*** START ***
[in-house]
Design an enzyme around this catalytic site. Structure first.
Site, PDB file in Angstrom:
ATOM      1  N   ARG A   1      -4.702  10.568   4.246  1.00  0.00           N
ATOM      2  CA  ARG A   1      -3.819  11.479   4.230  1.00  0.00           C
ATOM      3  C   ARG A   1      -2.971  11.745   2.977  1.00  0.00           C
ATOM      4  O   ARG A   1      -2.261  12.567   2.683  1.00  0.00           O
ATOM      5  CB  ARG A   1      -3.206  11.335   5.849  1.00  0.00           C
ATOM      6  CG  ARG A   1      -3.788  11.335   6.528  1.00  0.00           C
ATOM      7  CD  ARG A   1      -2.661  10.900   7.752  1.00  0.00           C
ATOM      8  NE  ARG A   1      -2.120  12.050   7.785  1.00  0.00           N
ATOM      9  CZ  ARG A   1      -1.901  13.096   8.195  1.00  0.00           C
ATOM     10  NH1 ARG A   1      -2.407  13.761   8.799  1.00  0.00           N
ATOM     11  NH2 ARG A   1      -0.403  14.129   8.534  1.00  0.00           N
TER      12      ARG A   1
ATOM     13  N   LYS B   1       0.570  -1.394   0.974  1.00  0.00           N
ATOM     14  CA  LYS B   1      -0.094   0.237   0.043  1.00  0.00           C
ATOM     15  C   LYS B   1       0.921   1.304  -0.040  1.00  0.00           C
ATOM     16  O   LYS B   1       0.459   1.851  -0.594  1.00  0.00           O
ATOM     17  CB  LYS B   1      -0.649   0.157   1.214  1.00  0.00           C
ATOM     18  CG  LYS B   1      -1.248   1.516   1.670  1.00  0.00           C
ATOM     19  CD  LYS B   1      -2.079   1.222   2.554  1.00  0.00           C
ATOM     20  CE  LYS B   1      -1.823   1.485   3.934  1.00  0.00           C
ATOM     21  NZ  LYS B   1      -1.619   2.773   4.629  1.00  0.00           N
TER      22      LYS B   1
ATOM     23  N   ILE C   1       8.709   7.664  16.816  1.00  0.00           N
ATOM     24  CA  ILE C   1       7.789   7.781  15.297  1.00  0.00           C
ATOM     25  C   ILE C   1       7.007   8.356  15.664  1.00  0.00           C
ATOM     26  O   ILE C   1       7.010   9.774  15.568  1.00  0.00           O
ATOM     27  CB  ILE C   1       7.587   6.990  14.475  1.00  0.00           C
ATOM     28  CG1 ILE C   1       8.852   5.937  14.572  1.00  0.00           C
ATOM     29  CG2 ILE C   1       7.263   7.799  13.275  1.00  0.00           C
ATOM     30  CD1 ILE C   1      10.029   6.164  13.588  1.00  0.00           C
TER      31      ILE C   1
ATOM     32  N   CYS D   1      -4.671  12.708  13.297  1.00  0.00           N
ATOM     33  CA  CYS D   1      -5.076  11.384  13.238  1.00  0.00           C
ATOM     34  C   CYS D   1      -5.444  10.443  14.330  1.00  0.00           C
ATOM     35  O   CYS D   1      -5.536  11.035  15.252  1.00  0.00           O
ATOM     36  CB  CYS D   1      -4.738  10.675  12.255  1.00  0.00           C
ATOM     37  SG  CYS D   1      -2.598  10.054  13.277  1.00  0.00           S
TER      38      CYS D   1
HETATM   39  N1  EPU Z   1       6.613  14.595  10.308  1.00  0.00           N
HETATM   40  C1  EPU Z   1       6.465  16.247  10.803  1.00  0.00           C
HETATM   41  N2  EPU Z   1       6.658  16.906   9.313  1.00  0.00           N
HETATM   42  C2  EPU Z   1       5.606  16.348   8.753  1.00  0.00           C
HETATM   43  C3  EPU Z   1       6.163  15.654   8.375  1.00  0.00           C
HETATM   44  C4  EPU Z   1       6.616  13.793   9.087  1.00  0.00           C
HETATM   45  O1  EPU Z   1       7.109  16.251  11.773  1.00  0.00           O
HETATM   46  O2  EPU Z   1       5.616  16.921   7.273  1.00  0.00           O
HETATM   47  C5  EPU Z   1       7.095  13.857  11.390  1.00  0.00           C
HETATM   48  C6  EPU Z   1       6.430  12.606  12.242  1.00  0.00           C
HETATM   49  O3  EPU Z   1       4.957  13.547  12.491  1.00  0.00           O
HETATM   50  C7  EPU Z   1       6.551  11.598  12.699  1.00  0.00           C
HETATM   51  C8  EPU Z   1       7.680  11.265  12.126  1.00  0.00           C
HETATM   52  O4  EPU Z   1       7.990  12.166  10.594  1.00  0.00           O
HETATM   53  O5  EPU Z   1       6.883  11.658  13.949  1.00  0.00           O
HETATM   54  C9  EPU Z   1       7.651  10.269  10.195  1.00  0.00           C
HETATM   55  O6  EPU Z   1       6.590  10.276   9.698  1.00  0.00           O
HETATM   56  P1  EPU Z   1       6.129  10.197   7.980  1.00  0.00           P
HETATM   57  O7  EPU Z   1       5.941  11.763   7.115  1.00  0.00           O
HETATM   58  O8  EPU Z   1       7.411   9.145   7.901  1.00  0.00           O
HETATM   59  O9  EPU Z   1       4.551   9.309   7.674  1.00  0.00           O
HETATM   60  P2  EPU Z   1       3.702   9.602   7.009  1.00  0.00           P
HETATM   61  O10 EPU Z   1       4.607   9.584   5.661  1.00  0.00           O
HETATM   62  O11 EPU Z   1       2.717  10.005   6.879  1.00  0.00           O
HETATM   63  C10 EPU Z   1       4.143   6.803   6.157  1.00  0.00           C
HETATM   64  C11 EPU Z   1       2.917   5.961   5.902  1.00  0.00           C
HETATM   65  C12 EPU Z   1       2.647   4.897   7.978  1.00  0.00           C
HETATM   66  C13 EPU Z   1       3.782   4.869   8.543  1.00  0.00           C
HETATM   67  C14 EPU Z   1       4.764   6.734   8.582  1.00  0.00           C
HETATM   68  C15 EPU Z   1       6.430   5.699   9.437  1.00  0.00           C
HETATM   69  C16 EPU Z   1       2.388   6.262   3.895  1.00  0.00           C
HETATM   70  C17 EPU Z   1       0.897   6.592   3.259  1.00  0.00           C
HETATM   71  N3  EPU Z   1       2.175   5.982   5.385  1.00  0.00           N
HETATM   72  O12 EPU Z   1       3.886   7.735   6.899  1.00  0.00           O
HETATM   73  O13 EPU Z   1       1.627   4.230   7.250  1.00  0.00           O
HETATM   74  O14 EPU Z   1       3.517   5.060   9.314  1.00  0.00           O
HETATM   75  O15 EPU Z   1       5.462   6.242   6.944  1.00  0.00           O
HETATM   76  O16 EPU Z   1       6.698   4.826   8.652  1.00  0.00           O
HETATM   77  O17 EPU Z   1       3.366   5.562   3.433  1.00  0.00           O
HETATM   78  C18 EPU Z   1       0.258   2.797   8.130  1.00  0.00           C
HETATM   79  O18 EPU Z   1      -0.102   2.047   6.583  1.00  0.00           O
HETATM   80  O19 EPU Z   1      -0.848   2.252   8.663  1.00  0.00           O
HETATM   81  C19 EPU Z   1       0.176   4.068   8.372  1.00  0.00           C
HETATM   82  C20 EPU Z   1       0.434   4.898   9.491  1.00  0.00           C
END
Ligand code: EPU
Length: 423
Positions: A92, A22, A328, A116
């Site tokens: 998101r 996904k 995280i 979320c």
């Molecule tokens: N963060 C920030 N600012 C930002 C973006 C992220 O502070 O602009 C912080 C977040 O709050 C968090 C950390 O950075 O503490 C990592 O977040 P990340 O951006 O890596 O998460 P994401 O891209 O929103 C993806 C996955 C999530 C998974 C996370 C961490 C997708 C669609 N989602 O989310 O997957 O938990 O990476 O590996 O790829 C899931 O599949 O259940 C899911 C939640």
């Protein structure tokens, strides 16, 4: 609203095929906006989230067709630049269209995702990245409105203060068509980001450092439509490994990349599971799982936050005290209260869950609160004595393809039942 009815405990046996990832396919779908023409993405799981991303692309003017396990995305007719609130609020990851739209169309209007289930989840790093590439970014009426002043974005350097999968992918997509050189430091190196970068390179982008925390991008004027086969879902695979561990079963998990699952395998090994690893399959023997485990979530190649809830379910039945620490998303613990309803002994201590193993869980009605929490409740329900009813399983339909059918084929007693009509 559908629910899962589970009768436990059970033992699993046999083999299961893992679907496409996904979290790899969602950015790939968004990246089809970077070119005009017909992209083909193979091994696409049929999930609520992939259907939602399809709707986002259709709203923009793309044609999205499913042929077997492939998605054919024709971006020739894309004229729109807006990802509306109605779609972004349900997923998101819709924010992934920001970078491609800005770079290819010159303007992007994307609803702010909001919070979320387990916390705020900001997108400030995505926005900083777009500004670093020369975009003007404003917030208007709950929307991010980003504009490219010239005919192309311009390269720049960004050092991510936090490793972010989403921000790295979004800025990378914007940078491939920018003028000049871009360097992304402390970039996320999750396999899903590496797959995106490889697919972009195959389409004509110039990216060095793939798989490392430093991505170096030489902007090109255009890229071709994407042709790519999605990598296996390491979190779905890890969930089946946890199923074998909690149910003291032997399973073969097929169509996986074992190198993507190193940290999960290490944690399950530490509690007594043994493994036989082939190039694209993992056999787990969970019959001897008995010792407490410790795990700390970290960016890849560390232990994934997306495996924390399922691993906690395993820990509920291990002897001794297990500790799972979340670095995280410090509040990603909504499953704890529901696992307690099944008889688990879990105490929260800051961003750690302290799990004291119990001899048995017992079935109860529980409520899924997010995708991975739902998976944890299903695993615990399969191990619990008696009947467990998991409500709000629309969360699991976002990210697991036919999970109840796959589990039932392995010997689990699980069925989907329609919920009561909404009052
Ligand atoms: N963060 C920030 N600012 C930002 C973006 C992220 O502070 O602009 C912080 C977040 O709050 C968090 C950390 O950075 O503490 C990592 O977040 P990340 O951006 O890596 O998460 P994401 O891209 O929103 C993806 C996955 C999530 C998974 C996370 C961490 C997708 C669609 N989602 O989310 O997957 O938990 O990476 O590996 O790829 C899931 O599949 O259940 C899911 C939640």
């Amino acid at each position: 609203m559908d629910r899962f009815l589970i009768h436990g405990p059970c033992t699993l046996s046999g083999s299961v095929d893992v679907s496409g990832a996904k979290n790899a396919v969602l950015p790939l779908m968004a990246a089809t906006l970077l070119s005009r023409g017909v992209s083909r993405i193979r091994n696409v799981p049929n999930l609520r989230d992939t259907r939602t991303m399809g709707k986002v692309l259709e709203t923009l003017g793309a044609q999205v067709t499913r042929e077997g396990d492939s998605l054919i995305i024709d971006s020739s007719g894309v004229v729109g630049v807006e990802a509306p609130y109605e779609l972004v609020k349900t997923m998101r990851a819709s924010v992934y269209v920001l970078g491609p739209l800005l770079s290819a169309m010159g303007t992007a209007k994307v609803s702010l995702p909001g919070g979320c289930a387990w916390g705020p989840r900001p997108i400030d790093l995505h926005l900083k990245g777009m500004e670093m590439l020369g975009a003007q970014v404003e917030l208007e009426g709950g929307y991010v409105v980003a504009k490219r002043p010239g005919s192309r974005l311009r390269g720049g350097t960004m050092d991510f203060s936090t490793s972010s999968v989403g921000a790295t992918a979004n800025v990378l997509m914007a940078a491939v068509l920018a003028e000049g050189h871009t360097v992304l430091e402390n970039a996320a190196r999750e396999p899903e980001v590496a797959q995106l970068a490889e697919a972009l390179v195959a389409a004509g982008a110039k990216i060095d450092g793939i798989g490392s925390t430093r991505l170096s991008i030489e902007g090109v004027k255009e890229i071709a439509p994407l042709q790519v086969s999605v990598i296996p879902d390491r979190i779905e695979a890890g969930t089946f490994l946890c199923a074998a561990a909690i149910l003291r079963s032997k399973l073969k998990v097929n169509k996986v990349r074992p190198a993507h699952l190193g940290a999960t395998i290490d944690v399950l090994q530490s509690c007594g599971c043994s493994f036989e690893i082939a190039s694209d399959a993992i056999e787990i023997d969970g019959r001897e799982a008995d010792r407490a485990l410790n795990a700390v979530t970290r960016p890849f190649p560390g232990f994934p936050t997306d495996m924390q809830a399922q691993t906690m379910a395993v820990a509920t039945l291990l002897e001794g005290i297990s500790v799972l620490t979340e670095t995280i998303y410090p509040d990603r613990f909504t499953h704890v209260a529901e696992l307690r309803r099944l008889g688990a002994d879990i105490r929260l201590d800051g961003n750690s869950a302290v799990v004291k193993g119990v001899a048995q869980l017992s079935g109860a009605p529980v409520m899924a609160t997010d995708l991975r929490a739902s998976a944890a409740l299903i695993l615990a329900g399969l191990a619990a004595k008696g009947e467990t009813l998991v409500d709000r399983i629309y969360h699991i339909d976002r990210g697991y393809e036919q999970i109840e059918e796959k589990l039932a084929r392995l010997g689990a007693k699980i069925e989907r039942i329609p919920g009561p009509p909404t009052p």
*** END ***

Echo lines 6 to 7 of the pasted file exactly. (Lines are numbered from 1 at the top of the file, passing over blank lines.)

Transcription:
ATOM      3  C   ARG A   1      -2.971  11.745   2.977  1.00  0.00           C
ATOM      4  O   ARG A   1      -2.261  12.567   2.683  1.00  0.00           O